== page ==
Sunday, May 29, 2011

The Ultimate Sacrifice

On this weekend when we remember all service members who gave their lives for this country, it is important to look past the headstones and other memorials. Those fallen heroes were men and women; sons and daughters; husbands, brothers, sisters, wives, cousins and friends. They laid down their lives so that we might enjoy the blessings of freedom and liberty.

But who are these extraordinary individuals? Sadly, most of us who have worn the uniform know someone who made the ultimate sacrifice. But for millions of Americans, the concepts of "war" and "service" are almost foreign. The nation's military has been at war for the past decade, but for most of us, life goes on as usual. For the vast majority of the nation's families, there is no worry about a son or daughter serving in harm's way, or a uniformed officer appearing on their doorstep, delivering the worst news any parent or sibling can receive.

So, on this Memorial Day, it's important for us to move beyond the holiday's symbolism, and remember the individual sacrifice of those who gave their lives. If you don't know a family that has been touched by the nation's wars, read this piece by Childs Walker of the Baltimore Sun. It tells the story of Travis Manion and Brendan Looney, friends and roommates at the U.S. Naval Academy.

Today, they are joined in death at Arlington National Cemetery. Manion, a Marine Corps officer, died in Iraq in 2007; Looney, a SEAL officer, was killed in a helicopter crash in Afghanistan last year. Both were remarkable young men, dedicated to leading their troops and serving their nation. An excerpt:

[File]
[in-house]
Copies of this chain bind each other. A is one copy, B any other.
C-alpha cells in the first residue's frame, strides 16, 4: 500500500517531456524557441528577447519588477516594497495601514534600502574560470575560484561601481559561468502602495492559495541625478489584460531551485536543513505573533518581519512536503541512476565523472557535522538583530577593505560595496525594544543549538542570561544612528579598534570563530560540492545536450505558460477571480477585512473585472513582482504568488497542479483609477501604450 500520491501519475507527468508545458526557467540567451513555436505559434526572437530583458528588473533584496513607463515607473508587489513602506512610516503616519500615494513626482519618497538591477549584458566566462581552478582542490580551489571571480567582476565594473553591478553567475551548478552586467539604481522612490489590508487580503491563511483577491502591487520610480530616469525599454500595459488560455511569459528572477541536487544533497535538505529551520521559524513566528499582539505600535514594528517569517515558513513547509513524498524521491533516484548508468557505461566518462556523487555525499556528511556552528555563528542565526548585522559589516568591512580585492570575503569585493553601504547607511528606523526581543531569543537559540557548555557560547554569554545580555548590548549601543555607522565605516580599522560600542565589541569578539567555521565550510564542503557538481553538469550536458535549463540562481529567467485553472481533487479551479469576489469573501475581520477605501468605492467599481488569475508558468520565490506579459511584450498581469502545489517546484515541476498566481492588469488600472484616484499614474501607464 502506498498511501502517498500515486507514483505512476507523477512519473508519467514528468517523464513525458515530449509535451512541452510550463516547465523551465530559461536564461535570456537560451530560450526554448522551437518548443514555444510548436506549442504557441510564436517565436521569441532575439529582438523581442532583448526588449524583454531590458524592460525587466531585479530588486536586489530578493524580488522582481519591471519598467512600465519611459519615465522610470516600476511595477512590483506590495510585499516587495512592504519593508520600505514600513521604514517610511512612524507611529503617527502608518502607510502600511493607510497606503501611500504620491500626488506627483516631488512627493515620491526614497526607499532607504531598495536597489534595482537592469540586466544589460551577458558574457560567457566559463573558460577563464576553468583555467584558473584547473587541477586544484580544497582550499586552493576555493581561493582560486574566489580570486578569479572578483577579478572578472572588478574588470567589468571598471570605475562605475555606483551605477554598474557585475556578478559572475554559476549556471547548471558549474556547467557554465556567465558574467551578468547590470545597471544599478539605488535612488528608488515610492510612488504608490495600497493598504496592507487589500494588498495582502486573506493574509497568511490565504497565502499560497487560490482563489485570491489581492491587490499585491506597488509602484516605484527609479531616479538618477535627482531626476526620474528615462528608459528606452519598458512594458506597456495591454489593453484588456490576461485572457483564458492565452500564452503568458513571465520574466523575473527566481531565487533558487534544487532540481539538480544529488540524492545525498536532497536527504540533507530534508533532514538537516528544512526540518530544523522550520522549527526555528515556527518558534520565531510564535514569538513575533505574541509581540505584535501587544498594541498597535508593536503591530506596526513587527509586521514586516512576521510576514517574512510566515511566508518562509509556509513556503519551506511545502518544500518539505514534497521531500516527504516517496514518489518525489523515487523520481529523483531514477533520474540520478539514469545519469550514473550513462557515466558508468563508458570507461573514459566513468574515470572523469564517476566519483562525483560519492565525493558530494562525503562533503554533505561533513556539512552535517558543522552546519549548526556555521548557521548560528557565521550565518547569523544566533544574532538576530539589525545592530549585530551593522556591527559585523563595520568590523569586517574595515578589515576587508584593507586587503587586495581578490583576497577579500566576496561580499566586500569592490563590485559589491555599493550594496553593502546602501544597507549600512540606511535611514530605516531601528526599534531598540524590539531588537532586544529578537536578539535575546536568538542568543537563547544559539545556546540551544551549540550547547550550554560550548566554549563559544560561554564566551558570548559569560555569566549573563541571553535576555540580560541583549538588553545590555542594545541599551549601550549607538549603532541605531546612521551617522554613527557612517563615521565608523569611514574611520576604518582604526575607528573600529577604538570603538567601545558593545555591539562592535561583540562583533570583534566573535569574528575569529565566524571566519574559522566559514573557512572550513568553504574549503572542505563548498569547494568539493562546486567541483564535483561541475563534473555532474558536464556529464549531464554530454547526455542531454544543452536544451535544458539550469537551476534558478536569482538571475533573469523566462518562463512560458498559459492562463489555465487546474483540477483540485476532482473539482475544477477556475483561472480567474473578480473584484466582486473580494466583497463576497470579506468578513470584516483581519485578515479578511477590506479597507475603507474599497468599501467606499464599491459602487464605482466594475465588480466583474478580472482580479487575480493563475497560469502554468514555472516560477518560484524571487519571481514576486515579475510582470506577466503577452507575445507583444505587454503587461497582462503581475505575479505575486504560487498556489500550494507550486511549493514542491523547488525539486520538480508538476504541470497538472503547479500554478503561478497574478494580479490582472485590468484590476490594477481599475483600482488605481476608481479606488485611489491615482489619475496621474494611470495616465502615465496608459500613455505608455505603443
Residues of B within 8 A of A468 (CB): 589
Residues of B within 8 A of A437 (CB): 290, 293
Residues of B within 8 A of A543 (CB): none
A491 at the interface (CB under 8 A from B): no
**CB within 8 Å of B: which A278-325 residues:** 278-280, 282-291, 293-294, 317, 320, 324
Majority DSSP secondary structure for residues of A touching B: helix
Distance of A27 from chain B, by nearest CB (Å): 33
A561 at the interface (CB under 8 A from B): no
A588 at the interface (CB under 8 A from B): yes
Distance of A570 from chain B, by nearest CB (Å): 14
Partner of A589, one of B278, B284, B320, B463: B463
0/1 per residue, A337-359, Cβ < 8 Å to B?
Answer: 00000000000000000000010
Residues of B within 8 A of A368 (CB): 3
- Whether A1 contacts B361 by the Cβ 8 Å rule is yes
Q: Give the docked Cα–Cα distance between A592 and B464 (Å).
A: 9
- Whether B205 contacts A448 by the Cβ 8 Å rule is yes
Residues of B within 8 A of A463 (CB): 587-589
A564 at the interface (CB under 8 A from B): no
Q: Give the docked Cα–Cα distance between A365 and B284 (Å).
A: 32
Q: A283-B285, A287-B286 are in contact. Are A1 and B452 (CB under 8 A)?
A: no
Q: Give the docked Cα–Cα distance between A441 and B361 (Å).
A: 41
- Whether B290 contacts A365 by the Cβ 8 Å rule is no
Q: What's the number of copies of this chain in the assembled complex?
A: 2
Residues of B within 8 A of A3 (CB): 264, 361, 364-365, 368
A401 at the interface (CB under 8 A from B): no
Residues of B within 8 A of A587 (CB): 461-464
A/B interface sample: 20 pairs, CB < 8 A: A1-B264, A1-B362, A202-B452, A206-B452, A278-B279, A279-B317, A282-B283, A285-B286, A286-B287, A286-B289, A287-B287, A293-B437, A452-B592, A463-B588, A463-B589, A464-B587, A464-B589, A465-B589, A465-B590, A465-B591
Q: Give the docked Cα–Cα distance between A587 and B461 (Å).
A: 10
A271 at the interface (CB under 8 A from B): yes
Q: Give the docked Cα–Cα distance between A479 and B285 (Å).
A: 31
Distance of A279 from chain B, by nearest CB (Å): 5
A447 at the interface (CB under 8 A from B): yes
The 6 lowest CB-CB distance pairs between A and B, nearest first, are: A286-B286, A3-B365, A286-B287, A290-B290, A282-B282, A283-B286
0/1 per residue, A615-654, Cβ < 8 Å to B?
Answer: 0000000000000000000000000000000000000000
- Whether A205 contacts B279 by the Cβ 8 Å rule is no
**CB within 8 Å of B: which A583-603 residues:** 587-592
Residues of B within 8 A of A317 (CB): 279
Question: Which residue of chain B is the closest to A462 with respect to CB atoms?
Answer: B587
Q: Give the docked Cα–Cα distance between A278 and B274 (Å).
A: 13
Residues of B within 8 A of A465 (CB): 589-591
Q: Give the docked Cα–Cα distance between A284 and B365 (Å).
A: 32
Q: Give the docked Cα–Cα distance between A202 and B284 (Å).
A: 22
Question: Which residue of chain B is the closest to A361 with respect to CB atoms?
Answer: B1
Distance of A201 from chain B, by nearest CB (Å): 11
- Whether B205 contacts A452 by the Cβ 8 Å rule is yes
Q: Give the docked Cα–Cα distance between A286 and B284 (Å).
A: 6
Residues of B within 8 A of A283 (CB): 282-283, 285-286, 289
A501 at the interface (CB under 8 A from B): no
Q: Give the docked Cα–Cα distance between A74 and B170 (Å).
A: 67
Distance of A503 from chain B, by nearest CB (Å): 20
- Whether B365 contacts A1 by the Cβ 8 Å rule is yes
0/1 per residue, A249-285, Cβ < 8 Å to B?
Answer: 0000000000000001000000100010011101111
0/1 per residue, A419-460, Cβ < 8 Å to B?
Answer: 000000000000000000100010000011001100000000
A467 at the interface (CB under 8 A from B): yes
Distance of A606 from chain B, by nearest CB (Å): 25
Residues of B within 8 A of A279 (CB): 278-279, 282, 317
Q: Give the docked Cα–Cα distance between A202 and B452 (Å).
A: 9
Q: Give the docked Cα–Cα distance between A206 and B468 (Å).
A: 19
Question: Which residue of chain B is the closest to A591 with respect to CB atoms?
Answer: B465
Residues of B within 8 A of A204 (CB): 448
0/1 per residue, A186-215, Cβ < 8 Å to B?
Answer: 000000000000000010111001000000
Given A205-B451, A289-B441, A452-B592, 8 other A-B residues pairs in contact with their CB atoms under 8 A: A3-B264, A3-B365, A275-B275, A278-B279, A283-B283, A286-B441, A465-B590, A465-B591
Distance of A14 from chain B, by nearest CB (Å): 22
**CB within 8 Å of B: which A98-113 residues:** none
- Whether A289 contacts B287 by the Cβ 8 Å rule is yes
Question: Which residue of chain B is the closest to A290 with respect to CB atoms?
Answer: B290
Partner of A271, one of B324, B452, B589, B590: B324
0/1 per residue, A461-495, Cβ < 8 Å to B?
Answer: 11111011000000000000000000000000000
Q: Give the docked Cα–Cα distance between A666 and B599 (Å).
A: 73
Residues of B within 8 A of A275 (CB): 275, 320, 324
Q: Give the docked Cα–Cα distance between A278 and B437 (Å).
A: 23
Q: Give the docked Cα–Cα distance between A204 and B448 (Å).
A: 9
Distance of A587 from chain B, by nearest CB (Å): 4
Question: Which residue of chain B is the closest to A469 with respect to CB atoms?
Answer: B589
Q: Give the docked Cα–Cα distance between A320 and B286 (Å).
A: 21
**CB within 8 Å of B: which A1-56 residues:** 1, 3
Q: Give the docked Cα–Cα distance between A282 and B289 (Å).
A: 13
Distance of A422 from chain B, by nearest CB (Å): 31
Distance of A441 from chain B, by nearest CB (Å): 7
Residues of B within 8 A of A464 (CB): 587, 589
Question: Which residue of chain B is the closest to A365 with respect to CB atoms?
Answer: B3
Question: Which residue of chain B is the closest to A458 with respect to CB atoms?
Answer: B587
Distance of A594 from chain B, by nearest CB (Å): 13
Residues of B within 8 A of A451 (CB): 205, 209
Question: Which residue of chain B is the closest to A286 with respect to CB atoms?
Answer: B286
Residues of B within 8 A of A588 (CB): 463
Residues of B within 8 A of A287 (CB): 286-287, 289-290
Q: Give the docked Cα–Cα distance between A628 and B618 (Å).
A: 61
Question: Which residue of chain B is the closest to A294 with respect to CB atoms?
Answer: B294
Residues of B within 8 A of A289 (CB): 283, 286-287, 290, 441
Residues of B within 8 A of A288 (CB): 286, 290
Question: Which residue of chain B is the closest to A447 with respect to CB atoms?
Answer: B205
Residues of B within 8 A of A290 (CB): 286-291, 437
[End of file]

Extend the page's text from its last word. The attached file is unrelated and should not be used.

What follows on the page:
Though undeniably tragic, the culmination of Travis and Brendan's bond is more than that for the people who loved them. It's a story of bravery, of goodness, of two men who died doing what they were put on the earth to do.

"They're probably the two best guys I've ever known and the two best guys I ever will know," says their friend and academy classmate Ben Mathews. "I think it means something that they're together. It's terrible that they had to give their lives, but they're shining examples of what Americans can strive to be."

Brendan was days from beginning SEAL training in San Diego when the news of Travis' death tore his world asunder. His sister, Erin, had always viewed him as indestructible and was taken aback to hear him hurt so badly. "That was the toughest part," she says. "It was the first time I ever saw Brendan in a different light. Not that he wasn't still tough, but maybe he was a little more vulnerable."

The Navy would not allow Brendan to leave for the funeral. In his fury, he briefly considered quitting. Instead, he dedicated his training to Travis and won the coveted "Honor Man" spot as the top graduate of his class.

On missions in Iraq and Afghanistan, Brendan wore two personal items — his wedding ring and a metal wrist band Travis' parents gave him to commemorate his friend. At his wedding reception in 2008, he handed Travis' mom, Janet, the gold trident pin he received for completing SEAL training.

"I only got this because of Travis," he said.

Read the whole thing, and take a moment to remember Brendan, Travis and all the extraordinary Americans who paid the price for our freedom. We owe them so much.

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